It isn't easy to get your bearings in the world of Lost. That's where cartography comes in. Here's a sampling of the best maps of Lost's island, both from the show and from fans.
This rambling, confusing pile of maps is the first significant cartographic revelation on the show. Rousseau's documents are muddled and all in French, peppered with song lyrics and weird references. Her maps are notable for including smaller islands, one of which is presumably the Hydra island from much later in the series. Also interesting about Rousseau's map is the central area she has labeled "the most dangerous place (the strange phenomena)." It's presumably the area where the temple is located, and where the smoke monster is most active. See a lot more at Lostpedia.
The Swan Hatch Map
This is the map that first opened up the world of Lost cartography to fans, and to me. Within hours of the final moments of the season 2 premiere, a preliminary version of this map appeared online. And it only improved as we saw more of this station. It's also very accurate, since it describes a specific set, instead of something as amorphous and large as the Island as represented by what we see on screen.
The Blast Door Map
Which brings us to the second important map on the show, and probably the most iconic: the eerie, fluorescent map hidden on the back of the blast doors inside of the Swan station. The map was hand-made by Radzinsky before his untimely end and continued by Kelvin after it. It shows a few important features on the Island, but its scale and accuracy is dubious at best. More important, it reaches beyond the Swan hatch and shows us the hidden underbelly of the Island itself.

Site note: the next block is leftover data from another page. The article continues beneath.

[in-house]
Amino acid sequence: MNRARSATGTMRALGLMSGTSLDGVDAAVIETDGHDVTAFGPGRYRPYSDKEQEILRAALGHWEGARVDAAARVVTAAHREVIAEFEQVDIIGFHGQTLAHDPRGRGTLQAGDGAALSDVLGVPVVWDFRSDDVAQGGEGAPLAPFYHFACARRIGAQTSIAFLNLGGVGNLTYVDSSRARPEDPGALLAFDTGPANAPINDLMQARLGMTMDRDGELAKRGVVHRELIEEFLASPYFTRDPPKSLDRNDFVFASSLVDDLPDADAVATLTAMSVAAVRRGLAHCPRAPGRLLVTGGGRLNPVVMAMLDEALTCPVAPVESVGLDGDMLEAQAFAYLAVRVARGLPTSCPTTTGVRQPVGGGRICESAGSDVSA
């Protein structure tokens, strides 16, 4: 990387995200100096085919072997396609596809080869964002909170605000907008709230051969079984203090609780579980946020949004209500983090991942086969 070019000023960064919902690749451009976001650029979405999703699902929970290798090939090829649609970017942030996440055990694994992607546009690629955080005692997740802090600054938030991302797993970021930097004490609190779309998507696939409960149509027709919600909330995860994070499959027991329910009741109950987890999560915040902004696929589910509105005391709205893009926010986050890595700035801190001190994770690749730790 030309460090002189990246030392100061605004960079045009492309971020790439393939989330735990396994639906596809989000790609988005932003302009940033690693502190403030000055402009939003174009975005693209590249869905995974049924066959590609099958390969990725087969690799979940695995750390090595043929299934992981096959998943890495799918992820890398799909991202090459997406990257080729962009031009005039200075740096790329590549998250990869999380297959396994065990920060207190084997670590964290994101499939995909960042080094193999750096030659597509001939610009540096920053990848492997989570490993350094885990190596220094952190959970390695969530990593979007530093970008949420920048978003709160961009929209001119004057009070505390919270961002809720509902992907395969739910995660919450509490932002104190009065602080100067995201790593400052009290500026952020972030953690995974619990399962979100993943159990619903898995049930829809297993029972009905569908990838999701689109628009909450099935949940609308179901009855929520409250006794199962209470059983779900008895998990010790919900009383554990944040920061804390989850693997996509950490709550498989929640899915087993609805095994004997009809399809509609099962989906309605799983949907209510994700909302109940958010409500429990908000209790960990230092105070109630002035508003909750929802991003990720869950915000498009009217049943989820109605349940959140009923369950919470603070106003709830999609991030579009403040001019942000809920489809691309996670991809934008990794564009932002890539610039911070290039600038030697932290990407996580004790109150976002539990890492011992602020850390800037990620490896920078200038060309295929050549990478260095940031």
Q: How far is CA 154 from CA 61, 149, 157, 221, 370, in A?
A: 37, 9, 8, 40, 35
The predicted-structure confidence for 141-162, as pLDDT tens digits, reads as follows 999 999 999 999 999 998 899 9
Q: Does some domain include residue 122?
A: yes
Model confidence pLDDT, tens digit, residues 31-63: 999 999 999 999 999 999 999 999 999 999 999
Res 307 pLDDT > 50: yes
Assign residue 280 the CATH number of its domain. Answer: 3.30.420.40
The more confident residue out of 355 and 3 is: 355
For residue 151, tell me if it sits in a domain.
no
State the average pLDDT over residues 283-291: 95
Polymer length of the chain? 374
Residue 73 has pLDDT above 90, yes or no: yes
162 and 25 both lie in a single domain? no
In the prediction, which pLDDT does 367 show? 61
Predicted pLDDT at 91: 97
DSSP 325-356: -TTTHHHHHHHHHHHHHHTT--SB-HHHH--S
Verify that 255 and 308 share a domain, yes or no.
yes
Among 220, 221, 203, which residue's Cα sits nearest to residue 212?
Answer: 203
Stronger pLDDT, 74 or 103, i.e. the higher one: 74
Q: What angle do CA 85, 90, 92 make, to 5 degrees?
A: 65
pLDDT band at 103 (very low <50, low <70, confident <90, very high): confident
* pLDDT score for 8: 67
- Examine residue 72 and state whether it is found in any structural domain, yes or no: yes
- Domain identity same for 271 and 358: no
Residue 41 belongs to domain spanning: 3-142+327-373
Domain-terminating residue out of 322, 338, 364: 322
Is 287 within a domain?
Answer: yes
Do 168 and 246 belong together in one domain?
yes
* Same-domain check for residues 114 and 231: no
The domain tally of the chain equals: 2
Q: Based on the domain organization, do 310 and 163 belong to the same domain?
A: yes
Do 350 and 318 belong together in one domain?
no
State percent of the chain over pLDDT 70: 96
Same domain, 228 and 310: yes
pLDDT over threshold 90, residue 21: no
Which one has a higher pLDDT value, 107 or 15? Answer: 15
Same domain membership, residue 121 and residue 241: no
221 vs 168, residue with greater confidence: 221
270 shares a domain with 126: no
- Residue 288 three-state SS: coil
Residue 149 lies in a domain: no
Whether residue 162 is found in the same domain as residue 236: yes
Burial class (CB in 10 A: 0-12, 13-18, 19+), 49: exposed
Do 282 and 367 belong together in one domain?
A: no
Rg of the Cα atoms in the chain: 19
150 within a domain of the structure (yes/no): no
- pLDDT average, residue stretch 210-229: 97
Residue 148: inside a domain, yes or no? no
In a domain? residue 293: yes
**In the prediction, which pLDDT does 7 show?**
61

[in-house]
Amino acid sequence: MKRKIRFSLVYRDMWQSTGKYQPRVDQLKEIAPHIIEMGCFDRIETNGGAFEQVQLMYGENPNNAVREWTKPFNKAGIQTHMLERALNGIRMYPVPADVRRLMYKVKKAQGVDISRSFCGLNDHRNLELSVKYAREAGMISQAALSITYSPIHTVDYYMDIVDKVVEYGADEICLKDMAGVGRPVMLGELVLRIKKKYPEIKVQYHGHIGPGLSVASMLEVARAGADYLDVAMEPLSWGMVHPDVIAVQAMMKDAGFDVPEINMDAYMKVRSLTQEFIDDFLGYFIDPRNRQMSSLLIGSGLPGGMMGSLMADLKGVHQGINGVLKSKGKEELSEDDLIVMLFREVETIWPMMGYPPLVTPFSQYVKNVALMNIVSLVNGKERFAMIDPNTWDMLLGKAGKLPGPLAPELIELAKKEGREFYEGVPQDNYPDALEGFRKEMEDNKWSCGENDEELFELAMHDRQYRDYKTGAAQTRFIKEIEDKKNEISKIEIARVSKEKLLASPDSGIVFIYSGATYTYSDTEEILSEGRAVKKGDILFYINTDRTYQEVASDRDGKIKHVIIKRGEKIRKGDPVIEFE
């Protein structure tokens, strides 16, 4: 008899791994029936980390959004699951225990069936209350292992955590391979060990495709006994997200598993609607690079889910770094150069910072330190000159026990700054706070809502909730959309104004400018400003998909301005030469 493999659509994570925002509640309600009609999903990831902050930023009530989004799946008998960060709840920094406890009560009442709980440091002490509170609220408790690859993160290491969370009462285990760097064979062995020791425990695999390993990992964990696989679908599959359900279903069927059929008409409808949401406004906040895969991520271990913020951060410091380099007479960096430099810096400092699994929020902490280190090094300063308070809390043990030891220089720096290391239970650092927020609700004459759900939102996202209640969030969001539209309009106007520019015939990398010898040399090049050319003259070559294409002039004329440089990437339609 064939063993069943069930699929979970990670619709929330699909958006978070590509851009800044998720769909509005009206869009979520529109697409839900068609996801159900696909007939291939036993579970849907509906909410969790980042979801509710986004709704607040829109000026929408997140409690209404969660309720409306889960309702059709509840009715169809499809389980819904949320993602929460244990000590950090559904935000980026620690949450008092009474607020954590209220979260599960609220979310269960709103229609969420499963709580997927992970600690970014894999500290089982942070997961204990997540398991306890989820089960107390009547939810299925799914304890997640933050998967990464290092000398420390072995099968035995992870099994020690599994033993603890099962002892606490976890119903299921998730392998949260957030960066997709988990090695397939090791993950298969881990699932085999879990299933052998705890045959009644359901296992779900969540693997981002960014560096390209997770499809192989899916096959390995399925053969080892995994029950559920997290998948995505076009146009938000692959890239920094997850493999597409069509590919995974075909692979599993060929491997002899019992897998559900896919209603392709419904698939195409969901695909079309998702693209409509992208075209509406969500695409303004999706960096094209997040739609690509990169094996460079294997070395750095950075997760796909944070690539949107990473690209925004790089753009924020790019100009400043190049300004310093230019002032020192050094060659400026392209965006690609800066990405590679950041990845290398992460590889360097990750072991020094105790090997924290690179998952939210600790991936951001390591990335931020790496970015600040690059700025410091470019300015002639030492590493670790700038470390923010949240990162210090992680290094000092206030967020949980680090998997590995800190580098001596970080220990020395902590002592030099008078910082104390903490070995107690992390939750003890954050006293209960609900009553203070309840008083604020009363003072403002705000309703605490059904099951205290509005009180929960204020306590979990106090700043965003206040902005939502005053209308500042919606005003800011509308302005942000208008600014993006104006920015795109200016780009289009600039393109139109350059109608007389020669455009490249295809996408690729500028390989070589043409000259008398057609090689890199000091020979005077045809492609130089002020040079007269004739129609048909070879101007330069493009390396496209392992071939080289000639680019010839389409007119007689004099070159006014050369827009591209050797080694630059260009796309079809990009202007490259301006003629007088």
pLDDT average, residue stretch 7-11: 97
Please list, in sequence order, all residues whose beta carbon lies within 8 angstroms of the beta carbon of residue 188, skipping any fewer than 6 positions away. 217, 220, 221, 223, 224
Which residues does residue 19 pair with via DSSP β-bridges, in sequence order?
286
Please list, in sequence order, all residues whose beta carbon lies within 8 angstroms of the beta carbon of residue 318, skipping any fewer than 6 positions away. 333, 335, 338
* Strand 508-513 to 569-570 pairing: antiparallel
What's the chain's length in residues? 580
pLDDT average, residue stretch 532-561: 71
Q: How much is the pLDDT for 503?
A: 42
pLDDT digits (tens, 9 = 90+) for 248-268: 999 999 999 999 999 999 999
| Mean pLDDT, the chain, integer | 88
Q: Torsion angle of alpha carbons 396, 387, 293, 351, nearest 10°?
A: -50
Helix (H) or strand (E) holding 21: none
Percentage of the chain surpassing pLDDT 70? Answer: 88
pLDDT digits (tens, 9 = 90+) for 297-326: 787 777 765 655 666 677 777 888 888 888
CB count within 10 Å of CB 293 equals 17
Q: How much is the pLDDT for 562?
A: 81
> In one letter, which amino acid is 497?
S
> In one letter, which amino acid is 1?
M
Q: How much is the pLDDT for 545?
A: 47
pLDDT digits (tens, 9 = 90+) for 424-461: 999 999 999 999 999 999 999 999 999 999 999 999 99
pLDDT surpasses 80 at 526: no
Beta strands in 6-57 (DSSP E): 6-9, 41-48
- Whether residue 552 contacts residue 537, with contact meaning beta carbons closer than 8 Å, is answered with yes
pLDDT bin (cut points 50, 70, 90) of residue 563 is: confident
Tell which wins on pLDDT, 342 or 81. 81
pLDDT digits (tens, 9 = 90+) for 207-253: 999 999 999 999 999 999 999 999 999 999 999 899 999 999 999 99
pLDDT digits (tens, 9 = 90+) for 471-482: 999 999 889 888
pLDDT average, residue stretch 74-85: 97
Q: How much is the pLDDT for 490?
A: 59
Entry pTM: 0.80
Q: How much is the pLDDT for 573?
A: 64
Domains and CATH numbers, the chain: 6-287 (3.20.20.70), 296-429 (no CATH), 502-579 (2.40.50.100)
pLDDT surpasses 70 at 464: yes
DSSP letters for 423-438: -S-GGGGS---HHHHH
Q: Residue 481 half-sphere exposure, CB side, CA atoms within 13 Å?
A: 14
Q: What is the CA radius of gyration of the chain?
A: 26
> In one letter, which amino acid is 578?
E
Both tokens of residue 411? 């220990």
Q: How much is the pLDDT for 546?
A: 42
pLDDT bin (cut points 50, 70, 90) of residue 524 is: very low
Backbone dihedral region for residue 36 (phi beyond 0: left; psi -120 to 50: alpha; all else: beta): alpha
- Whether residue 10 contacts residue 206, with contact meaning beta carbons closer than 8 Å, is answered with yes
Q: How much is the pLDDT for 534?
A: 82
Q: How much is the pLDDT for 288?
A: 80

The fascinating details that the blast door map actually does provide are all hidden within rambling, multilingual notations. There are references to "Cerberus vents," presumably related to the smokey guardian we know and love. And there are also numerous references to the Hanso group, the hostiles, and tons of math and science. It's as jumbled as, and more dense than, Rousseau's maps. It's a masterwork of map-making. A lot more details, including different versions and translations, available once again at Lostpedia.
Lost Island Map
Another of the trailblazing maps in the Lost cartography world, this project started back in 2006. It's not been formally updated in quite some time, but the overview, tree-covered version of the Island shows where we might see some of the diverse geographic features we keep seeing on the show. And an annotated version is available at the map's home base, with carefully considered explanations for the locations represented.
This is apparently the most up-to-date of the comprehensive fan maps, including details from the most recent season. It's also notable for including some really keen observations about time-line on the Island. For instance, there seems to be a relatively recent crater from a volcanic eruption that was unrepresented in Rousseau's map. Head over to the map's site to check out the hard work the creator has done to place pretty much all of the events from the show's history on his map.
The Lost Subway Map
The most recent Lost fan map to emerge is this subway-style take on the Island. The creator wrote extensively about his process and how he arrived at the final design, and it's a really great read. It's a look into the huge undertaking every Lost map actually is, as well as a glimpse at the torture of trying to build a map of a place that isn't even real. The show has offered contradictory information about some locations, so it's no surprise that every map is different, sometimes hugely so.
These aren't all of the maps fans have made. They are merely the most comprehensive and most interesting of the cartographic undertakings associated with Lost. There is an entire Lostpedia article dedicated only to fan maps (which was invaluable in creating this post), as well as articles about every map we've ever seen on the show. And there's always Lost Risk and the crazy island poster as well.